Religious freedom needs to be a priority in U.S. foreign policy!
When Burma came out of 60 years of military rule, many were hopeful that religious freedom conditions would improve as the military began a power sharing agreement with the civilian government. In 2015, former political prisoner and Nobel Peace Prize winner Aung San Suu Kyi became the civilian leader of this majority Buddhist country. Buddhist nationalism has continued to grow with radical monks using hate speech to incite violence against Muslims, Christians, and other religious minorities. On August 25, 2017, the Burma military led a brutal attack on Rohingya Muslims in the Rakhine state forcing over 700,000 to flee to neighboring Bangladesh. State Counselor Aung San Suu Kyi has not condemned the violence.
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Patriot Voices Executive Director Nadine Maenza recently visited Burma with the U.S. Commission on International Religious Freedom (USCIRF) in her capacity as a Commissioner. Just weeks ago, she also visited the refugee camps in Bangladesh in her own capacity, where over 1 million Rohingya's live in slum type conditions. Most she met shared the stories of how the military came in the middle of the night, attacked their families, burned down their homes (sometimes with elderly or sick family still inside), often raping the girls and women. Most had a family member killed during those few days; a husband, wife, sister, brother, parent, even children. The United Nations has said this violence has "hallmarks of Genocide," with the U.S. government calling it "ethnic cleansing." USCIRF has recommended that the U.S. government consider the designation of "Crimes against Humanity" or even "Genocide." This is certainly one of the worst acts of violence in recent history. The military continues to commit violence against the Muslims that remain in Rakhine state and elsewhere, but also against Christians in the ethnic areas like the Kachin State, the Shin State, and around the country.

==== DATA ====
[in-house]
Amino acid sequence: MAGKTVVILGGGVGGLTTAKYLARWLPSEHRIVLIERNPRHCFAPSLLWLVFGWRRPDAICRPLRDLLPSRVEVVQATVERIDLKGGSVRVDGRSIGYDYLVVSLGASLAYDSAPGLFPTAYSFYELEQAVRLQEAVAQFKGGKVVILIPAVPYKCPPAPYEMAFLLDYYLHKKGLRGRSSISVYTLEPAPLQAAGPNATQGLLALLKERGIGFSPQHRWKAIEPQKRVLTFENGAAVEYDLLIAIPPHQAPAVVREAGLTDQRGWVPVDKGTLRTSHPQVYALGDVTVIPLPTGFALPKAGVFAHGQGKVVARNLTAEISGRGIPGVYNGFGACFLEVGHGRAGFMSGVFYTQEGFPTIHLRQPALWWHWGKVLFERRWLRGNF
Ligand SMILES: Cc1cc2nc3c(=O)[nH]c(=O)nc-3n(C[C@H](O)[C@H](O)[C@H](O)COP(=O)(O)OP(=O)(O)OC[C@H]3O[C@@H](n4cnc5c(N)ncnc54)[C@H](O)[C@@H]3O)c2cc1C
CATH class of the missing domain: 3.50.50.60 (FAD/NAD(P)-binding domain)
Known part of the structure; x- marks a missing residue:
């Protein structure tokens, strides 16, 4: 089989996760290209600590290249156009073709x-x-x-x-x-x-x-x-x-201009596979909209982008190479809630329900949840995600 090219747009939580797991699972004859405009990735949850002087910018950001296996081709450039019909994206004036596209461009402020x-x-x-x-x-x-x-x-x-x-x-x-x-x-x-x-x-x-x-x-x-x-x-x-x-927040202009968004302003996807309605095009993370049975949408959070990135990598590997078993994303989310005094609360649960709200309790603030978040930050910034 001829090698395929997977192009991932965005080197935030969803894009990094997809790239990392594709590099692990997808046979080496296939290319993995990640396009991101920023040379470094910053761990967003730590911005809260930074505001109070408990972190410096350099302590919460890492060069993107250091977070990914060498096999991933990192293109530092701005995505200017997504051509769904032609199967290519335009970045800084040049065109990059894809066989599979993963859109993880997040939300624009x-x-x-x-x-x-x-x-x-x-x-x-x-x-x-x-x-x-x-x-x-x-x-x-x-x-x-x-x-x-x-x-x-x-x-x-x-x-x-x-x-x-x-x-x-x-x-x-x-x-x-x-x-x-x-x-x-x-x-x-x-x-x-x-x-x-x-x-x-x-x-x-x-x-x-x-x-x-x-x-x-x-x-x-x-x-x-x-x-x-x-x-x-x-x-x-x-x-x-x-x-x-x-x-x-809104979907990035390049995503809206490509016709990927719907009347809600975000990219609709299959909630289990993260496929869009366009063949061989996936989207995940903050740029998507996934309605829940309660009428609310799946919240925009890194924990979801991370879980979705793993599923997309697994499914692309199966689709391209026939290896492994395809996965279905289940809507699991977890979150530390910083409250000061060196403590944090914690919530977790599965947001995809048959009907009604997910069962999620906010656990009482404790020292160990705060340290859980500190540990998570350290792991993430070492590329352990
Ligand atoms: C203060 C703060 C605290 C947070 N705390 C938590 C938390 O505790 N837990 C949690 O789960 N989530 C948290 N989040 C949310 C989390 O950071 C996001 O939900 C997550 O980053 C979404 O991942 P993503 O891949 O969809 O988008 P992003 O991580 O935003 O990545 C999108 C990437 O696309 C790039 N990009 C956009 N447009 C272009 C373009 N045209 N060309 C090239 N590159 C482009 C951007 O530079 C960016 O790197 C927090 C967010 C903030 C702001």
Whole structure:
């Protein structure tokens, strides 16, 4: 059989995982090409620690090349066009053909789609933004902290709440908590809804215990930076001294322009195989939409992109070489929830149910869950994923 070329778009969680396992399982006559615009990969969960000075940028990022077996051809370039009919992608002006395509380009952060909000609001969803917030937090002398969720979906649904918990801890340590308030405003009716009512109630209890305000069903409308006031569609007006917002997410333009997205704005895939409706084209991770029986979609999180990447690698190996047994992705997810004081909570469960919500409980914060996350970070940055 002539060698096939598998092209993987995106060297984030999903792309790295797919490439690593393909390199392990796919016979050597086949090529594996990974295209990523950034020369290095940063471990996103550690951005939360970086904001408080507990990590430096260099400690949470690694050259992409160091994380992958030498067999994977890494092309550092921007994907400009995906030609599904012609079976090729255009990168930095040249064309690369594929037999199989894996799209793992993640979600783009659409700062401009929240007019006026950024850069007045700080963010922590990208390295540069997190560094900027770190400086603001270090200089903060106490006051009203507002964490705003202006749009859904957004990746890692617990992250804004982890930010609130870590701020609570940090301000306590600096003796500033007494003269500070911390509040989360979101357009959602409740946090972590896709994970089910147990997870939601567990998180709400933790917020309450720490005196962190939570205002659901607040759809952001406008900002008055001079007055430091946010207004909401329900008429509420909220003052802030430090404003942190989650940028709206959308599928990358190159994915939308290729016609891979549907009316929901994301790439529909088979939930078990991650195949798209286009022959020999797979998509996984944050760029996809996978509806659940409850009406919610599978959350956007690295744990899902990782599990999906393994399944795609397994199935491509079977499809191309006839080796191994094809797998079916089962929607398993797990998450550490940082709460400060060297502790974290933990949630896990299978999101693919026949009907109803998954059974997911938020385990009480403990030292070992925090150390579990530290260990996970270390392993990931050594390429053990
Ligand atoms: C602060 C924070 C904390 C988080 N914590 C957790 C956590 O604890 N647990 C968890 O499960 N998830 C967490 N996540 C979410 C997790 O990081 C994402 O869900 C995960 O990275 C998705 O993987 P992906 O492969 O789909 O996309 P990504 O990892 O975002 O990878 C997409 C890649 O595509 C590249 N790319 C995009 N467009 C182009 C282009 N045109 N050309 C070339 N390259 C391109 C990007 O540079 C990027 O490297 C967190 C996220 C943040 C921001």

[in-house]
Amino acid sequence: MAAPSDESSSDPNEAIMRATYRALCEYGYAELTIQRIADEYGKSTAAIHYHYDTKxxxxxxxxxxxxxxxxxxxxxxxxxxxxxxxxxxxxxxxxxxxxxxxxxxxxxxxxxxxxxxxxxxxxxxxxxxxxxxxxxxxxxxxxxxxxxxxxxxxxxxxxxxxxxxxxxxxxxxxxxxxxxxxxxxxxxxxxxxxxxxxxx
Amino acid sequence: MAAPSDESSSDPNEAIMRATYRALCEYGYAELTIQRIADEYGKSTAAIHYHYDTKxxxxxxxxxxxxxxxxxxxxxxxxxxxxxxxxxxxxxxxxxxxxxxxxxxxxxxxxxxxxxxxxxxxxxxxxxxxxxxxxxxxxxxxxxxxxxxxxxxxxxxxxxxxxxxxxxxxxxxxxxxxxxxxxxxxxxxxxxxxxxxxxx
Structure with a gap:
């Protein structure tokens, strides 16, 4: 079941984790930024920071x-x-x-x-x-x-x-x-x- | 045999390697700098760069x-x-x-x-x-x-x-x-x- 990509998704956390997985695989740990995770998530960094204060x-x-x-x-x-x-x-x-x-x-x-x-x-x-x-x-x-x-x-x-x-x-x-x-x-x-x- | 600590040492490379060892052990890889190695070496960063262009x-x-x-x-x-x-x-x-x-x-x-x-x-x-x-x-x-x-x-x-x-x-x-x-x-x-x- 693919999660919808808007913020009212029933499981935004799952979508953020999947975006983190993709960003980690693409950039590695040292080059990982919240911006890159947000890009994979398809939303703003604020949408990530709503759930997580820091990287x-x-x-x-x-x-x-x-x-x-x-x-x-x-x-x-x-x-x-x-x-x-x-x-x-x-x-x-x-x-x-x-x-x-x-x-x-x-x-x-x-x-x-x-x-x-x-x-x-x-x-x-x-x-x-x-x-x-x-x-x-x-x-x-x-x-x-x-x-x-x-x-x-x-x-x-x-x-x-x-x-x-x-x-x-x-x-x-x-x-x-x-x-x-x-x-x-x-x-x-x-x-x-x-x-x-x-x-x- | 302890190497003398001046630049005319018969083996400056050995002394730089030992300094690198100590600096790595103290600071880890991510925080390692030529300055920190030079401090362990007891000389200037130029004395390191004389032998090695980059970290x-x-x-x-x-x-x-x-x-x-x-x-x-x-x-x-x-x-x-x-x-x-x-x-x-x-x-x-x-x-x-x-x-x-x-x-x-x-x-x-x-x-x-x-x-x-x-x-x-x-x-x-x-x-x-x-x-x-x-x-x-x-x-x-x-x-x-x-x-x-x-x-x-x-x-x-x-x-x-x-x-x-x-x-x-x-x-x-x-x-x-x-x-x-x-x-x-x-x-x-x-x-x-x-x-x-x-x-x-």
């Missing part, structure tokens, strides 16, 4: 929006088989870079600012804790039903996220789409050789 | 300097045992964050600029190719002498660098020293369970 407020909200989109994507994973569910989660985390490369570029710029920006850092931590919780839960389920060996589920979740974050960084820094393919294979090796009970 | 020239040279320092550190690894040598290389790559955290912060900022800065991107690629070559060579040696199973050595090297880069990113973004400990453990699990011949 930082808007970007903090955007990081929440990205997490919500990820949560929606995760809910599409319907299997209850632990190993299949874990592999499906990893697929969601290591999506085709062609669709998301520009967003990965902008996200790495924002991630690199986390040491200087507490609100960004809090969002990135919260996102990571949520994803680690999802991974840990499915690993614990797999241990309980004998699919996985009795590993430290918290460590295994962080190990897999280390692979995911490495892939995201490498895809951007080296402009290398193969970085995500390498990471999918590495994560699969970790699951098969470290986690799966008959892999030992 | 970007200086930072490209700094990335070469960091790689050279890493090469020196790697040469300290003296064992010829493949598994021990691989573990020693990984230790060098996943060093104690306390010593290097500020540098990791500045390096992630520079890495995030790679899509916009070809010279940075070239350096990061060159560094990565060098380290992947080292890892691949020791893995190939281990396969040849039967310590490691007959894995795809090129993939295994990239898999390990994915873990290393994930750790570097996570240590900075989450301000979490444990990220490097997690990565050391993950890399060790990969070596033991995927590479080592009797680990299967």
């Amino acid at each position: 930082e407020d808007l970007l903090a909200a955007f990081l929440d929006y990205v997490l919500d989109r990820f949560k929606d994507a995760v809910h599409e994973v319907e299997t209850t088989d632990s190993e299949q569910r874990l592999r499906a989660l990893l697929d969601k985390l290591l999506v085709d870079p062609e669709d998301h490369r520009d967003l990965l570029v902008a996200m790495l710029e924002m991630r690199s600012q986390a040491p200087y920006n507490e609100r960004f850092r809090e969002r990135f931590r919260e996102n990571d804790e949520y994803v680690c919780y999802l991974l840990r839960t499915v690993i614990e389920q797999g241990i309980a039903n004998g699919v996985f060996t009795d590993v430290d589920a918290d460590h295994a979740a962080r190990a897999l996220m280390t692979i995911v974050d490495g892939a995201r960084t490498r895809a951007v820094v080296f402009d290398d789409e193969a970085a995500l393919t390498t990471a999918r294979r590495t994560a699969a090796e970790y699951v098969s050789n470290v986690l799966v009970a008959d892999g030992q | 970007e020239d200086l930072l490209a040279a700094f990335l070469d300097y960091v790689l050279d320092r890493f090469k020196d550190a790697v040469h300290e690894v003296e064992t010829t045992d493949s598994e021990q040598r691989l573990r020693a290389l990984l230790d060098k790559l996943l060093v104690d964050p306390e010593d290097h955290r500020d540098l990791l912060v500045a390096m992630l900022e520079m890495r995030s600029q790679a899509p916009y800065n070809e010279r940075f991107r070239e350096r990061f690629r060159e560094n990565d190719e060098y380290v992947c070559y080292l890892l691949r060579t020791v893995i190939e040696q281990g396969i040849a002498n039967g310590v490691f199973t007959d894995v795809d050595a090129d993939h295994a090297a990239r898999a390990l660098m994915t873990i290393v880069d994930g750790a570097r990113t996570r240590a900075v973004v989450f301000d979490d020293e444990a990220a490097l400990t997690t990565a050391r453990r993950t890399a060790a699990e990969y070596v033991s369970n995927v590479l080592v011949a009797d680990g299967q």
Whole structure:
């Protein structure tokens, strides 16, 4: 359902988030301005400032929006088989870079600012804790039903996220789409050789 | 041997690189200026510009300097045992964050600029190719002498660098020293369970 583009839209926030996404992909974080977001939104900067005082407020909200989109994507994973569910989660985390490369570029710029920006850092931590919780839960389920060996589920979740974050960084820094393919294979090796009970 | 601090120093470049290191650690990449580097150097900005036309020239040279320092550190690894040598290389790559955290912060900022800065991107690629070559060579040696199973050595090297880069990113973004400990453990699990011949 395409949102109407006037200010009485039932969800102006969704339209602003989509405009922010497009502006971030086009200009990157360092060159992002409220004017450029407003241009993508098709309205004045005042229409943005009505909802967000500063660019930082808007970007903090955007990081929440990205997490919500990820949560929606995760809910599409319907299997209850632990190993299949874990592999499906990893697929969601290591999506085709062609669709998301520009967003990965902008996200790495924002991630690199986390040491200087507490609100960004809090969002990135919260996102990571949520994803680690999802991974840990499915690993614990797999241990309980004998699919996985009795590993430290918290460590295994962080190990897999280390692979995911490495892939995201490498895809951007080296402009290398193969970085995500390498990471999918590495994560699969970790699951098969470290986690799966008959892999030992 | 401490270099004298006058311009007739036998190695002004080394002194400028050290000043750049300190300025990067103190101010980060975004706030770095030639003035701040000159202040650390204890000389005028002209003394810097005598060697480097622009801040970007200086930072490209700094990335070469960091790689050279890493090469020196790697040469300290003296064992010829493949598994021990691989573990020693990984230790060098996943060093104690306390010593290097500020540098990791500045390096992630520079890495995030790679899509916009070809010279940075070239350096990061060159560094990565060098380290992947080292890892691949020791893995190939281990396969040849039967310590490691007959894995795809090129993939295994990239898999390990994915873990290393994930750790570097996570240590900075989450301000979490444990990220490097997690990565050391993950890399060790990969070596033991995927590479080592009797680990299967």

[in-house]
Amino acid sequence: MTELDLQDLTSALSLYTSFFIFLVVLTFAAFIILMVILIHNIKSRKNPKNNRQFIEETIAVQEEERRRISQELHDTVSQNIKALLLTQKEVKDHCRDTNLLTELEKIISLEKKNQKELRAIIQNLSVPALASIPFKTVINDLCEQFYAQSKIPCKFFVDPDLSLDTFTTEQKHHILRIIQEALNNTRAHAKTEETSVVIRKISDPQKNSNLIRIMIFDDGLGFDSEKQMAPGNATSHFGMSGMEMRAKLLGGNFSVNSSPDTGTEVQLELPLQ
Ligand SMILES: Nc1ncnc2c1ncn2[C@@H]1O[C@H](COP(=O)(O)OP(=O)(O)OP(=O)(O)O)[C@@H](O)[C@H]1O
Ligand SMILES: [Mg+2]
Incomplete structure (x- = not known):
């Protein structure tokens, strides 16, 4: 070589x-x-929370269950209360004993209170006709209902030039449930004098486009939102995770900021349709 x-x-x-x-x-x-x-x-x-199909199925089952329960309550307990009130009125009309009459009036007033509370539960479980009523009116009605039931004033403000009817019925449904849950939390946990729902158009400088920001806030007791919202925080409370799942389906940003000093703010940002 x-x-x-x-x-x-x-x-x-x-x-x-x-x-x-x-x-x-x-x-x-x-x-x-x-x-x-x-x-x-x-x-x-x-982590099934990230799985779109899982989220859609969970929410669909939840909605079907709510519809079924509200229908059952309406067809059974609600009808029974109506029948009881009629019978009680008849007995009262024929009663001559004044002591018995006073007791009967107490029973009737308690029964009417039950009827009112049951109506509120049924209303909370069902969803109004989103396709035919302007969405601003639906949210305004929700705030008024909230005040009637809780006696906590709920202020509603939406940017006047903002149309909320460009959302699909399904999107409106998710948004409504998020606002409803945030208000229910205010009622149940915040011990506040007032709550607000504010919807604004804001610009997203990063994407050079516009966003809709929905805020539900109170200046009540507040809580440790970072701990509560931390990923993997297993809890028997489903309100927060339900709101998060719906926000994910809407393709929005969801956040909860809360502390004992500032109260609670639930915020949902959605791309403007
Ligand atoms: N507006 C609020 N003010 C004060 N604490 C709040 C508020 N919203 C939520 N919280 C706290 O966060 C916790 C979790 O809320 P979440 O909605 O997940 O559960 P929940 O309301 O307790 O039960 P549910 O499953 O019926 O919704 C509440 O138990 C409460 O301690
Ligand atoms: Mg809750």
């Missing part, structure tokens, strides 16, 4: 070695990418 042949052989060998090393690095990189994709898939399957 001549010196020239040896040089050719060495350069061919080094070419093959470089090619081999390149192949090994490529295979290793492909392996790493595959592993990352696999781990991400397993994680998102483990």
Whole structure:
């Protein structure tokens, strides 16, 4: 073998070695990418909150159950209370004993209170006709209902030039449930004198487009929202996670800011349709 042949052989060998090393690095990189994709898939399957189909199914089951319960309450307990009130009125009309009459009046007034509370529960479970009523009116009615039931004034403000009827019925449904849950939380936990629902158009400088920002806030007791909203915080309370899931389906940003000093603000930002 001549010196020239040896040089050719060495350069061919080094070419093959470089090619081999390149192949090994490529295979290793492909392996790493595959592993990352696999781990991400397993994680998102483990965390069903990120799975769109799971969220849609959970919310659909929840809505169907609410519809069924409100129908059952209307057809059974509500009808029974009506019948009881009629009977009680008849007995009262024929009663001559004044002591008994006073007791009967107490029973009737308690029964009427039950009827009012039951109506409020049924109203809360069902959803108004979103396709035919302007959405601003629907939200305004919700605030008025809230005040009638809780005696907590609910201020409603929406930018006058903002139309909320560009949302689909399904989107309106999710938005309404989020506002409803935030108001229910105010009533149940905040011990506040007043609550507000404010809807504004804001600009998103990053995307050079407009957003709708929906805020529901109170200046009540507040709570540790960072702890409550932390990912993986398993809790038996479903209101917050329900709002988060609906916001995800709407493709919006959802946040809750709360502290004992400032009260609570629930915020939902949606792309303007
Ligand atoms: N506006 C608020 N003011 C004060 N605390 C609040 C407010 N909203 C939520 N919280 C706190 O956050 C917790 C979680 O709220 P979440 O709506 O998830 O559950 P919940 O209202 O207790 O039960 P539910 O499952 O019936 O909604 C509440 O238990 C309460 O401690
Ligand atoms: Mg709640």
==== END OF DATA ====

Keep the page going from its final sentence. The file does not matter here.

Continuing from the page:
Last year, the U.S. House of Representatives overwhelmingly passed a bill condemning the violence that added sanctions on businesses run by the military and even individual sanctions on the military leaders who oversaw the violence. The U.S. Senate has refused to act. Currently, there are bills in both the House and the Senate. Let's raise awareness of this situation and ask Congress to pass these important bills condemning the violence and holding the military accountable.
- Ask the U.S. Senate to support the Burma Human Rights and Freedom Act of 2019 (S. 1186) introduced by U.S. Senators Todd Young (R-Ind.), Ben Cardin (D-Md.), Dick Durbin (D-Ill.), Marco Rubio (R-Fla.) and Jeff Merkley (D-Ore)
- And the U. S House of Representatives to support The Burma United through Rigorous Military Accountability Act (H.R. 3190) introduced by Representative Steve Chabot (R-OH) and Eliot L. Engel (D-NY).
If we do nothing, we are sending a chilling message to the world that governments can commit the worst atrocities against their own people with no repercussions.
It takes just 2 minutes using this tool to send an email to your U.S. Representative and Senators asking them to pass these bill condemning the religious based violence in Burma. Religious freedom should be a priority in U.S. foreign policy!
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